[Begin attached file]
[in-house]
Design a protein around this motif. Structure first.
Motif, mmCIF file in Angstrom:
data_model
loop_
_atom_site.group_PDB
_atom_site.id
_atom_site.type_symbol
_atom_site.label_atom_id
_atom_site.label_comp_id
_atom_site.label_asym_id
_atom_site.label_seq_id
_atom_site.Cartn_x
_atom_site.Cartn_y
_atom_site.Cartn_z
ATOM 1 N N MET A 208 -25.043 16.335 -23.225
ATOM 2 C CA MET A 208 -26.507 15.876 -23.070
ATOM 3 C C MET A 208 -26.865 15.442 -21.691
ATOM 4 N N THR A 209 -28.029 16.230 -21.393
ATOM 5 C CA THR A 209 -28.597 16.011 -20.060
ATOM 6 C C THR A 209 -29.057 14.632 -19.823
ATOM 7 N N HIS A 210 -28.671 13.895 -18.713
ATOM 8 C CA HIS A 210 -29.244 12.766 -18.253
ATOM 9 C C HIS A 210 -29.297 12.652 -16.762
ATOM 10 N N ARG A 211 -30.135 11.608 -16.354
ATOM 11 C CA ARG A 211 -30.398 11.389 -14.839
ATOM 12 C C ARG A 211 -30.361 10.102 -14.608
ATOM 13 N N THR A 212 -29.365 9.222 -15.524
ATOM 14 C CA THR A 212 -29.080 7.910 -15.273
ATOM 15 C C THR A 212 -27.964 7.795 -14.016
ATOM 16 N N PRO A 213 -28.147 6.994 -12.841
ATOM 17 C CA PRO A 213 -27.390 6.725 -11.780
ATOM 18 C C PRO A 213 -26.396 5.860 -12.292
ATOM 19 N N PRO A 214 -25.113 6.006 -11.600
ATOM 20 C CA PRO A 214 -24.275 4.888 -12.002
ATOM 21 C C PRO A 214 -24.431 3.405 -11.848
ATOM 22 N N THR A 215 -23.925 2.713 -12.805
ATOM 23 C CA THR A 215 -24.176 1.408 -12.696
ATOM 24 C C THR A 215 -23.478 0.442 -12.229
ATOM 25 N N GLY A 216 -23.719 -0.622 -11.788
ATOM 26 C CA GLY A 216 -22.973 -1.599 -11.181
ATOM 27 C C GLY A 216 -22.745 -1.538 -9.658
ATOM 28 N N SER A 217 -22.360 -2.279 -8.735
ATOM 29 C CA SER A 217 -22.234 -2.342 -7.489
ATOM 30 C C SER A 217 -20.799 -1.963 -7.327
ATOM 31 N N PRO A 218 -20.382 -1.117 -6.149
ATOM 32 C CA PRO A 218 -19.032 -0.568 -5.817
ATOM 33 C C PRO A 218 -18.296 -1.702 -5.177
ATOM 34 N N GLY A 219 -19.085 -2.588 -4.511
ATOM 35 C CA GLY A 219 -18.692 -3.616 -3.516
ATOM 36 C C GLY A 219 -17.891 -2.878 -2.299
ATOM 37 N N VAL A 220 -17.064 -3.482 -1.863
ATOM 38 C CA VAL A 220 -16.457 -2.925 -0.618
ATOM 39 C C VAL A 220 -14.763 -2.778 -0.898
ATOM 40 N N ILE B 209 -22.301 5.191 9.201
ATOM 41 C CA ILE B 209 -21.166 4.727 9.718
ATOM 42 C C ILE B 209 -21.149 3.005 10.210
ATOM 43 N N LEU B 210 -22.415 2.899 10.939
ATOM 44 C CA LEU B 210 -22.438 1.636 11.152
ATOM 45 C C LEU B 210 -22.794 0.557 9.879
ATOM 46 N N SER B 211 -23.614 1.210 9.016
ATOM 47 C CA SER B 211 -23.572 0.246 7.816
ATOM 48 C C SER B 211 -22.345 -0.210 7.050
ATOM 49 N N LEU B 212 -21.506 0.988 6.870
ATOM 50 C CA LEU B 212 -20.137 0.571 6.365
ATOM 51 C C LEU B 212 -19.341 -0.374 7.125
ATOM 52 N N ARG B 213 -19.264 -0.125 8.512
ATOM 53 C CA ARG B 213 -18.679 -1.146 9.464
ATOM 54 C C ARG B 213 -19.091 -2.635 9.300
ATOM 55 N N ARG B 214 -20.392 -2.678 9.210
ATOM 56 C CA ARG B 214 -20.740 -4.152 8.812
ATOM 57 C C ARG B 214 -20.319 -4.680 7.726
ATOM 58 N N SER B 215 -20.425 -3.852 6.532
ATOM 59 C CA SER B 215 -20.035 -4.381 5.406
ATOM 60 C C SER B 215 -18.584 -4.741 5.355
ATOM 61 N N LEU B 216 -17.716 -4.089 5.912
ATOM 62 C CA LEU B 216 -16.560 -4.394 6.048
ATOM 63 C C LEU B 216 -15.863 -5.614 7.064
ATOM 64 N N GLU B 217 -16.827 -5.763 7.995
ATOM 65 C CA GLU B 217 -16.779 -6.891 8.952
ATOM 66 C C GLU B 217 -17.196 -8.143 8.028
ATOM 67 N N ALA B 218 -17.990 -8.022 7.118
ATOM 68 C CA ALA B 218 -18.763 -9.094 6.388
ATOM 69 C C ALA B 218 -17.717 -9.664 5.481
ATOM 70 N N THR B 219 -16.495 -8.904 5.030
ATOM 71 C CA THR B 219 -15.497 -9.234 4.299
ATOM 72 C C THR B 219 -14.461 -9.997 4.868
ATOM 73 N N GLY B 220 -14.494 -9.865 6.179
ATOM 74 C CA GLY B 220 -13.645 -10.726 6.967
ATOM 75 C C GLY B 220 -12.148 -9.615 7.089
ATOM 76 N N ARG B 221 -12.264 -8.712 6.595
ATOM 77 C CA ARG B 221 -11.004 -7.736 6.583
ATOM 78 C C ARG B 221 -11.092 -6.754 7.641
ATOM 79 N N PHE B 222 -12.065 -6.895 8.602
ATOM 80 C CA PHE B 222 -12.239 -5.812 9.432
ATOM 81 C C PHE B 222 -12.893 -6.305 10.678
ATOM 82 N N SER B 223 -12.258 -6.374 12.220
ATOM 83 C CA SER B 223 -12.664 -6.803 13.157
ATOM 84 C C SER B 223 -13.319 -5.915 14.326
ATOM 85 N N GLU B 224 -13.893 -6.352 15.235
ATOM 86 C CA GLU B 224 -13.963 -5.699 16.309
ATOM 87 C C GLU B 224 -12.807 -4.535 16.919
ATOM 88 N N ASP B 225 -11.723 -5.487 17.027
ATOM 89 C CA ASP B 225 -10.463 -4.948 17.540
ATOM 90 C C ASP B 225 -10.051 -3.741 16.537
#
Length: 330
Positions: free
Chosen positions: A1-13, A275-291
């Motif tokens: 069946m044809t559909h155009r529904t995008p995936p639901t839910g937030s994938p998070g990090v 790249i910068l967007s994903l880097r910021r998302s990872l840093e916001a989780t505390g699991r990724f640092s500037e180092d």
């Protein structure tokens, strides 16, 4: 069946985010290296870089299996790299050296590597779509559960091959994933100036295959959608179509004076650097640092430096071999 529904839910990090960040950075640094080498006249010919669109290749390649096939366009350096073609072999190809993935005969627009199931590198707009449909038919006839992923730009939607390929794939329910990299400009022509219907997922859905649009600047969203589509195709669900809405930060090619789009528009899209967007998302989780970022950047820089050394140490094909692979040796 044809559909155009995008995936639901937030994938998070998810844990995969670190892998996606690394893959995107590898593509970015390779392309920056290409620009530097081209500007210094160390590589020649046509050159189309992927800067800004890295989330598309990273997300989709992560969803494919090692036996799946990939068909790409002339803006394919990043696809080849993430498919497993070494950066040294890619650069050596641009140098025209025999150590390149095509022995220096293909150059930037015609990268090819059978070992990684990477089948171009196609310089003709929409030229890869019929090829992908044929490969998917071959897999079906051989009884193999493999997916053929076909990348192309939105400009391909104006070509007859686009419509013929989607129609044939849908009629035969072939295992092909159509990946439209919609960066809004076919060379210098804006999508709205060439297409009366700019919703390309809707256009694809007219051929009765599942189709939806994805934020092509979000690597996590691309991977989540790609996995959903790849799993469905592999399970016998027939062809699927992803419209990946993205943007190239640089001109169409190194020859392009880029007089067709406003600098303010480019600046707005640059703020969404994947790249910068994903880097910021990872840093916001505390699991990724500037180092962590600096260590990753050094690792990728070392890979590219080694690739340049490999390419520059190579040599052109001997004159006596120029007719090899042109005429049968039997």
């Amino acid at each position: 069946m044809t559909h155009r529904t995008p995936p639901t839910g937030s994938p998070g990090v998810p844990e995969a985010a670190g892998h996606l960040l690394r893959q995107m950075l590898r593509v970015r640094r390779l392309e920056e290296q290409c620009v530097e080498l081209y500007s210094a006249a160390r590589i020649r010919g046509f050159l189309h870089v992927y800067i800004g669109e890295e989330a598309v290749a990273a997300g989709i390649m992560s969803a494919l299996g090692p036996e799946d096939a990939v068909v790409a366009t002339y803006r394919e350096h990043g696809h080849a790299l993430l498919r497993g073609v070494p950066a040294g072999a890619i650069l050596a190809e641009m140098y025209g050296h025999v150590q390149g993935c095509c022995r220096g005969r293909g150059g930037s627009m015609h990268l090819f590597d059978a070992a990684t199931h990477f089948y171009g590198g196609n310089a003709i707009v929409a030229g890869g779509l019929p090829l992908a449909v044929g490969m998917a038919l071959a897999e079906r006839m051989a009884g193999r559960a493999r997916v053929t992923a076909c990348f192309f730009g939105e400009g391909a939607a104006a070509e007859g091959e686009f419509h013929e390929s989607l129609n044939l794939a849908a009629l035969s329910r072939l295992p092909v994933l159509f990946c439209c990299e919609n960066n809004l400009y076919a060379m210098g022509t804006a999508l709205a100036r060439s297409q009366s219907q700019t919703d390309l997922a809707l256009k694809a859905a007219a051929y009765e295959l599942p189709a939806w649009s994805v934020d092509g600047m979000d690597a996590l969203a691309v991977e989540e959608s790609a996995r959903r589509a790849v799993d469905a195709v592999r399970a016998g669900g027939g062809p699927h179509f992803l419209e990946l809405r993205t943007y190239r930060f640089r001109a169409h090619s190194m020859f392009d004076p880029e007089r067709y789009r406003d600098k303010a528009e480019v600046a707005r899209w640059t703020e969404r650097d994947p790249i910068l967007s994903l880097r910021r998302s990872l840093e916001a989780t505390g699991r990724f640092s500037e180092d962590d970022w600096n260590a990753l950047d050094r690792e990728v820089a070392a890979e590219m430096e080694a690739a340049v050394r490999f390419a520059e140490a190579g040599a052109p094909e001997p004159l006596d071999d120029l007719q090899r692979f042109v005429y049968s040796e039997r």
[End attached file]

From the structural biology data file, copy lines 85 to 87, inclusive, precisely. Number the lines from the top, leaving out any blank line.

ATOM 70 N N THR B 219 -16.495 -8.904 5.030
ATOM 71 C CA THR B 219 -15.497 -9.234 4.299
ATOM 72 C C THR B 219 -14.461 -9.997 4.868